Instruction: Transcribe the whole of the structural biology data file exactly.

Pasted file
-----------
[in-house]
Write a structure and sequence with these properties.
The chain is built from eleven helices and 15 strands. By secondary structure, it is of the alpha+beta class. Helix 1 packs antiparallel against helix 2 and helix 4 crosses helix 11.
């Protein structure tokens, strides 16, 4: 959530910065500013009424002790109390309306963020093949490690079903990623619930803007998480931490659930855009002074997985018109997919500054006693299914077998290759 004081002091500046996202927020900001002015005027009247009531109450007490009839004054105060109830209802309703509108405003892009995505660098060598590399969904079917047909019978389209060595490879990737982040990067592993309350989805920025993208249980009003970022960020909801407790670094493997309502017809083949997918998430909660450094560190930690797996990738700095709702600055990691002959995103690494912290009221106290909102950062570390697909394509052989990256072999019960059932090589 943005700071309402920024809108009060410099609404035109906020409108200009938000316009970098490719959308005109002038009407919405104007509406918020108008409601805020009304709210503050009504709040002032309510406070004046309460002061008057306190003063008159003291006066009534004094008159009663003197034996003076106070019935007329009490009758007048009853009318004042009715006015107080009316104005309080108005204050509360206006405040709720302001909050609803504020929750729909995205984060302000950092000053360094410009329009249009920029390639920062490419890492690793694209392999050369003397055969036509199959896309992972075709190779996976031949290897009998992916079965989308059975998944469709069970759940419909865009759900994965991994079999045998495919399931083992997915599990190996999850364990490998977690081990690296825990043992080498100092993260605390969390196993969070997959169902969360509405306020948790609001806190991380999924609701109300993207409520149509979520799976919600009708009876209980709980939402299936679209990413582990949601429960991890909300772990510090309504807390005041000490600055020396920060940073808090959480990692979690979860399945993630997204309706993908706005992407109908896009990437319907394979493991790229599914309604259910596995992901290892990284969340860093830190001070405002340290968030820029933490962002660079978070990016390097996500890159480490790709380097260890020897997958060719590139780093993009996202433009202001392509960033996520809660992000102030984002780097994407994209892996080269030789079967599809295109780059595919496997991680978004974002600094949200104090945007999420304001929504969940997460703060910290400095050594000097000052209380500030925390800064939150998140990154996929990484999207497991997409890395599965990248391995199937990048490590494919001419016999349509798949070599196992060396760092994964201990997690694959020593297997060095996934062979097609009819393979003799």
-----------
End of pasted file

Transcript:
[in-house]
Write a structure and sequence with these properties.
The chain is built from eleven helices and 15 strands. By secondary structure, it is of the alpha+beta class. Helix 1 packs antiparallel against helix 2 and helix 4 crosses helix 11.
């Protein structure tokens, strides 16, 4: 959530910065500013009424002790109390309306963020093949490690079903990623619930803007998480931490659930855009002074997985018109997919500054006693299914077998290759 004081002091500046996202927020900001002015005027009247009531109450007490009839004054105060109830209802309703509108405003892009995505660098060598590399969904079917047909019978389209060595490879990737982040990067592993309350989805920025993208249980009003970022960020909801407790670094493997309502017809083949997918998430909660450094560190930690797996990738700095709702600055990691002959995103690494912290009221106290909102950062570390697909394509052989990256072999019960059932090589 943005700071309402920024809108009060410099609404035109906020409108200009938000316009970098490719959308005109002038009407919405104007509406918020108008409601805020009304709210503050009504709040002032309510406070004046309460002061008057306190003063008159003291006066009534004094008159009663003197034996003076106070019935007329009490009758007048009853009318004042009715006015107080009316104005309080108005204050509360206006405040709720302001909050609803504020929750729909995205984060302000950092000053360094410009329009249009920029390639920062490419890492690793694209392999050369003397055969036509199959896309992972075709190779996976031949290897009998992916079965989308059975998944469709069970759940419909865009759900994965991994079999045998495919399931083992997915599990190996999850364990490998977690081990690296825990043992080498100092993260605390969390196993969070997959169902969360509405306020948790609001806190991380999924609701109300993207409520149509979520799976919600009708009876209980709980939402299936679209990413582990949601429960991890909300772990510090309504807390005041000490600055020396920060940073808090959480990692979690979860399945993630997204309706993908706005992407109908896009990437319907394979493991790229599914309604259910596995992901290892990284969340860093830190001070405002340290968030820029933490962002660079978070990016390097996500890159480490790709380097260890020897997958060719590139780093993009996202433009202001392509960033996520809660992000102030984002780097994407994209892996080269030789079967599809295109780059595919496997991680978004974002600094949200104090945007999420304001929504969940997460703060910290400095050594000097000052209380500030925390800064939150998140990154996929990484999207497991997409890395599965990248391995199937990048490590494919001419016999349509798949070599196992060396760092994964201990997690694959020593297997060095996934062979097609009819393979003799």